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adjustment is correct; if not, the adjusting screws in the collar of the up and down piece must be moved until the coincidence is exact.

“Centring error” is very important, but cannot be corrected. In an indifferent instrument it may be sufficient to vitiate the result of any observations on one side only of the zenith. It arises from the eccentricity of the centres of the index arm and of the arc, and varies with the angle measured, being generally greater as the angle increases; but the index arm becoming bent, or any part of the frame receiving a blow which alters its shape, the flexure of the instrument from varying temperature, and defective graduation, will all produce errors which it is generally impossible to disentangle, and they are all included in the one correction for centring. This correction is found by comparing the angle measured by the sextant (corrected for index error) with the true angle. The most accurate method, because it employs a large number of observations for the same or nearly the same angle, is by observations of pairs of circum-meridian stars in the artificial horizon at various altitudes. Double the difference between the resulting latitude by each star and the mean latitude will be the centring error for an angle equal to the double altitude of that star, that is, the angle actually measured by the sextant, index error being ascertained and applied before working out. Measurement of the angles between stars, compared with their calculated apparent distance, is another method. At Kew Observatory (National Physical Laboratory) the centring error is determined for certain angles by fixed collimators. Including, as it does, errors from so many causes, the correction does not remain perfectly steady, and it should be ascertained from time to time. In a good sextant the error should not exceed one minute over the whole of the arc.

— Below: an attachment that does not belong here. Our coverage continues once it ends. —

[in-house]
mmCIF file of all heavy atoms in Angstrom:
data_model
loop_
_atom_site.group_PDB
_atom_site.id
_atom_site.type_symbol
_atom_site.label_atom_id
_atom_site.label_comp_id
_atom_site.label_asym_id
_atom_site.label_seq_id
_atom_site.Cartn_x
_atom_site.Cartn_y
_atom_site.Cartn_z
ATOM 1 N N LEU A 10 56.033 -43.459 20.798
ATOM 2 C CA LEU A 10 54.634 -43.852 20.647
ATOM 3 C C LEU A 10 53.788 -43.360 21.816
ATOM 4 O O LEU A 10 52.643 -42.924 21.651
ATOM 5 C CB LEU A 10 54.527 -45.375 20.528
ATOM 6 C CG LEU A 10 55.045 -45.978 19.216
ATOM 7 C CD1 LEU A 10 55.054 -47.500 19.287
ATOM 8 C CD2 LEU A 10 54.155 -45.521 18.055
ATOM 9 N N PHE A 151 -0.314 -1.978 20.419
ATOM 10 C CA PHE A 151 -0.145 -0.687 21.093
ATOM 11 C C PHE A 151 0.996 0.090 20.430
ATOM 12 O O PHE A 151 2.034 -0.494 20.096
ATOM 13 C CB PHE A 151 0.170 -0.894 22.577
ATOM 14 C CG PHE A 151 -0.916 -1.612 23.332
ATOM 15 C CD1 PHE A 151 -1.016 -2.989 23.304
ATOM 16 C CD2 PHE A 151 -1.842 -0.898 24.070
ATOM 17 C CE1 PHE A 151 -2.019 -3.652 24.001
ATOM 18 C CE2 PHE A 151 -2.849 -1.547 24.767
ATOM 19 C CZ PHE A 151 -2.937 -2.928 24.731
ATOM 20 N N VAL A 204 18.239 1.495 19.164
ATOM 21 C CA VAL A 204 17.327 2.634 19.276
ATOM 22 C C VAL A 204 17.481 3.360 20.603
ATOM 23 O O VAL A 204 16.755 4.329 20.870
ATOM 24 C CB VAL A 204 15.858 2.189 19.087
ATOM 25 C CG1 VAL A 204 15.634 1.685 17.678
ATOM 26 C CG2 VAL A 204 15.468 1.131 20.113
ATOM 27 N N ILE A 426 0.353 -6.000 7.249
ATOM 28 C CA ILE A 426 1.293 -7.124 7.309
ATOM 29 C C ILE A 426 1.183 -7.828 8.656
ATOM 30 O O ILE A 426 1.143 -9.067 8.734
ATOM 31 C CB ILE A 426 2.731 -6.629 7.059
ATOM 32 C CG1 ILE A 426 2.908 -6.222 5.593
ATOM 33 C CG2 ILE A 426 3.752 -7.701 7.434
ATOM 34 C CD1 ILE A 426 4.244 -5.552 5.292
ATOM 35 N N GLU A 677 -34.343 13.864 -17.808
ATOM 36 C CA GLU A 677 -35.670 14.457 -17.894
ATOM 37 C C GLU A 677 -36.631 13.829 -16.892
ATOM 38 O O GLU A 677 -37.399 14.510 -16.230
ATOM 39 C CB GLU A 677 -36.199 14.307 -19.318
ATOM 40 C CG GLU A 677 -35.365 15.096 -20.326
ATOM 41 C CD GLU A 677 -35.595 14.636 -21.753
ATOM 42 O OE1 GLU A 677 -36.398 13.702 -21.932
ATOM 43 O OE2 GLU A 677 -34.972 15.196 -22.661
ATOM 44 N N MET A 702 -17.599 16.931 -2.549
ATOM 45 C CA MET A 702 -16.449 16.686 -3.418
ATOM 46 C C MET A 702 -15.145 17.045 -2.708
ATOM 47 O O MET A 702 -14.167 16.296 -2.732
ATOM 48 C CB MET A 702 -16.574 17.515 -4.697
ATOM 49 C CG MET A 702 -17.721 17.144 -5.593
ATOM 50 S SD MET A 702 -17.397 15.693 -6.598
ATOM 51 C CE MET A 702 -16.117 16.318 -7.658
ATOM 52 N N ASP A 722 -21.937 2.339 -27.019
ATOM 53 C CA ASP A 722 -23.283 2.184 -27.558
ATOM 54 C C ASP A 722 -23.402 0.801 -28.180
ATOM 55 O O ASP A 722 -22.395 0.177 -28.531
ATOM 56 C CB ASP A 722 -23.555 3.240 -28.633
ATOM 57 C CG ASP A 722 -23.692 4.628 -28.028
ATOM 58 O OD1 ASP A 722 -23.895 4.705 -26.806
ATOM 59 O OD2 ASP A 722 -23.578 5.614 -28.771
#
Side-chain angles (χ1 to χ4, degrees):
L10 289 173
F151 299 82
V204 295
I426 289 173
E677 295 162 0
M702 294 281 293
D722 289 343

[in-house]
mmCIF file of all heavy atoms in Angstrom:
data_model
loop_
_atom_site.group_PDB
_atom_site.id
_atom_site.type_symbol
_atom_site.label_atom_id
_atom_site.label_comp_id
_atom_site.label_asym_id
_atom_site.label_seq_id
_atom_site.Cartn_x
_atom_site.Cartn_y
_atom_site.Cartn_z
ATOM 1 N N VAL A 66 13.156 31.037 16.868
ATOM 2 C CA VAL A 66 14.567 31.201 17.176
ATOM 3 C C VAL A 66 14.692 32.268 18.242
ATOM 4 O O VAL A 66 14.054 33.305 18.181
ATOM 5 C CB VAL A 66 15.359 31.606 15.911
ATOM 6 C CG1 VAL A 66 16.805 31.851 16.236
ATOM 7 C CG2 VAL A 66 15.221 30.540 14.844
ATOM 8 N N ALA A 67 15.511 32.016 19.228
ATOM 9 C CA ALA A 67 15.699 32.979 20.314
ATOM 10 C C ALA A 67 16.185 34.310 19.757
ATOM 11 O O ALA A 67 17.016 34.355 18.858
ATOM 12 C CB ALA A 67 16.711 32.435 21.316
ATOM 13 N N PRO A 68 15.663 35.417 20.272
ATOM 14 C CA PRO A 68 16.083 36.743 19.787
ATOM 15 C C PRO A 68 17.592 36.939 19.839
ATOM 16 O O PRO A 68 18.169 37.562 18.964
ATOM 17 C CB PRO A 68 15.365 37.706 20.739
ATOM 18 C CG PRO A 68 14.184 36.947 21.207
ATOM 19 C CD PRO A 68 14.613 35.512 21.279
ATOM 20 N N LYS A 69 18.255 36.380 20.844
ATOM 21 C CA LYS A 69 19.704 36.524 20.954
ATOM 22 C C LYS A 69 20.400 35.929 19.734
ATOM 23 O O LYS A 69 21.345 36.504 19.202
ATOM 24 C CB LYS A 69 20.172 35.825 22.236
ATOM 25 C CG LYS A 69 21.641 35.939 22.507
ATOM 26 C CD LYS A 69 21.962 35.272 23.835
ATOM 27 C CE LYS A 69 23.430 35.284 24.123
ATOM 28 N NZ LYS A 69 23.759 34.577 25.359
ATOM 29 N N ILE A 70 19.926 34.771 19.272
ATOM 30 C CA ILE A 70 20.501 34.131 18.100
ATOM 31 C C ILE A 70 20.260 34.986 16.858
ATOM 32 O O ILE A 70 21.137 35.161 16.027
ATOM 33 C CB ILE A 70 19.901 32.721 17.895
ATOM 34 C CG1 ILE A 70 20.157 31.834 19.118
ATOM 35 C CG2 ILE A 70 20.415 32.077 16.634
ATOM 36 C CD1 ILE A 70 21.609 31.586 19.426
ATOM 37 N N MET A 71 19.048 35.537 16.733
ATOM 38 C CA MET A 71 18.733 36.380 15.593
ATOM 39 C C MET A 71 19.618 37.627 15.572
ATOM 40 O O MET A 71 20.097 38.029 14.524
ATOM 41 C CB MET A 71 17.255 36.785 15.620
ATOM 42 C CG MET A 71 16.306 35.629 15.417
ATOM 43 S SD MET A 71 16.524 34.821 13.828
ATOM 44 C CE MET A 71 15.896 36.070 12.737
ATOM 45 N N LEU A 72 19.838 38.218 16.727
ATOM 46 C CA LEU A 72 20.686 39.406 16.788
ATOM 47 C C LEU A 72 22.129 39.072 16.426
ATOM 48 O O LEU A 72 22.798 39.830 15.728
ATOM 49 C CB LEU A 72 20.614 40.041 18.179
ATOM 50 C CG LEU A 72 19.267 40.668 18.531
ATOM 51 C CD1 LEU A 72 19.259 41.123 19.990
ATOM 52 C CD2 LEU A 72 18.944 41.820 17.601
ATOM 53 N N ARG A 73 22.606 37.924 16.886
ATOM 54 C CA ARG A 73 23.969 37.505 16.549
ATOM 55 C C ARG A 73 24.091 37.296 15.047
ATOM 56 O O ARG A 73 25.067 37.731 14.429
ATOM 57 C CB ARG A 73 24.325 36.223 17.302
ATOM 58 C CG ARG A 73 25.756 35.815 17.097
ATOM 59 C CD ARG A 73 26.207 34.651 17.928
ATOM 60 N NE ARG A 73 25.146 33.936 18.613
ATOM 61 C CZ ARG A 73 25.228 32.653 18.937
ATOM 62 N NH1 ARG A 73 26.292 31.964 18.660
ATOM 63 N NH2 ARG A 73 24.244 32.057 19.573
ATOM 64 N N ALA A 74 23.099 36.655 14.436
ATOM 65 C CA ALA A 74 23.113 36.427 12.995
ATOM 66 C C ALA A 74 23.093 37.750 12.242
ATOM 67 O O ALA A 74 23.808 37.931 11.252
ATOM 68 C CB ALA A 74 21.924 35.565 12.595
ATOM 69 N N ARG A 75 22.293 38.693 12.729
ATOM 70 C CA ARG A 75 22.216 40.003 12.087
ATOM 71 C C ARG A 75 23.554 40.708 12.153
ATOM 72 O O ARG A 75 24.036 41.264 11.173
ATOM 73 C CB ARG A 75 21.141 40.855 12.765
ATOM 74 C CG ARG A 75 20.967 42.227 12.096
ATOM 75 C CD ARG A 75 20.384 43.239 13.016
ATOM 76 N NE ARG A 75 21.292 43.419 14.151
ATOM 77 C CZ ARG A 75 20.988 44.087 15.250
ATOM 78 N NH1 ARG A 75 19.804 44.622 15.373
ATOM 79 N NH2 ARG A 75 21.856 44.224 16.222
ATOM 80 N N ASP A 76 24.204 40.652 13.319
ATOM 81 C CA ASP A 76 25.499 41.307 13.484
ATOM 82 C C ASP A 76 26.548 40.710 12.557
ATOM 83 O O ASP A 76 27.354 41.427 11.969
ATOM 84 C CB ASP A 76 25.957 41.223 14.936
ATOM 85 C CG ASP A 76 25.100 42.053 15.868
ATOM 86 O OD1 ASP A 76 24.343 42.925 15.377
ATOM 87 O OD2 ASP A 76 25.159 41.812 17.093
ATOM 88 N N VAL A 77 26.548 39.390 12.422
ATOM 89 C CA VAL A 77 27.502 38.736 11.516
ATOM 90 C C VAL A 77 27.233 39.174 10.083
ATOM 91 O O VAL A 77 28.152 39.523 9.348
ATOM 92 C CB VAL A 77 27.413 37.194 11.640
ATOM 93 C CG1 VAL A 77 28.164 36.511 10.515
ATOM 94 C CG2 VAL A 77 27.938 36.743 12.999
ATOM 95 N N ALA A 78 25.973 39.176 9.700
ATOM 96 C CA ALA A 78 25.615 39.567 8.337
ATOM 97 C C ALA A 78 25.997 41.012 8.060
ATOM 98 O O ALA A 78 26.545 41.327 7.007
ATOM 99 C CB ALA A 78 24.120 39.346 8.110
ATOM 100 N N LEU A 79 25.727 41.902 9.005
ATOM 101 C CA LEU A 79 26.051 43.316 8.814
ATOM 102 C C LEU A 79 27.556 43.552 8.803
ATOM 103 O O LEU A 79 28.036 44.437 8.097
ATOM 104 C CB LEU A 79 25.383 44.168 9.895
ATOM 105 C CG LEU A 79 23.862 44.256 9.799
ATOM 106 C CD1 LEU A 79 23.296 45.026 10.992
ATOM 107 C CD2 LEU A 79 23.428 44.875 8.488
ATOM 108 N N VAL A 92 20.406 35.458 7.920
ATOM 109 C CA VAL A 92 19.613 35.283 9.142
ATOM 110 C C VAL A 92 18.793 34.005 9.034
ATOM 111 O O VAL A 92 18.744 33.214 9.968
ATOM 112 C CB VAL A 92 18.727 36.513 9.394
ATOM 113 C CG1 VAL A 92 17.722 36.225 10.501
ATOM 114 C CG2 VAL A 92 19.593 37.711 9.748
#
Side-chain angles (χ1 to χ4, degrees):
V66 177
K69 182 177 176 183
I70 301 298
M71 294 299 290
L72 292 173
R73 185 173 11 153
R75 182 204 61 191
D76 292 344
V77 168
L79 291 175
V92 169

SEXTON (an early corruption of “sacristan,” properly the keeper of sacred vessels and vestments, Med. Lat. sacristanus or sacrista), a minor officer of an ecclesiastical parish. In the early church the sexton was identical with the ostiarius, or door-keeper, whose duty it was to open and shut the church at certain hours, guard the church and all it contained, and prevent the heathen and excommunicated from entering. The duties of the modern sexton are practically those of the ancient sacristan. He has the custody of the church keys, is responsible for keeping the church clean, for the bell-ringing and lighting, and looks after the vestments and instrument of the church, but the duties may vary by custom in different parishes. Where his duties are confined to the care of the vestments and instrument the right of appointment of a sexton lies in the churchwardens; if his duties are confined to the churchyard the right of appointment is in the incumbent, and where his duties extend to both the right of appointment is jointly in the churchwardens and the incumbent. By custom, however, he may be appointed by the parishioners. He usually has a freehold in his office, and in some parishes is entitled to certain customary fees.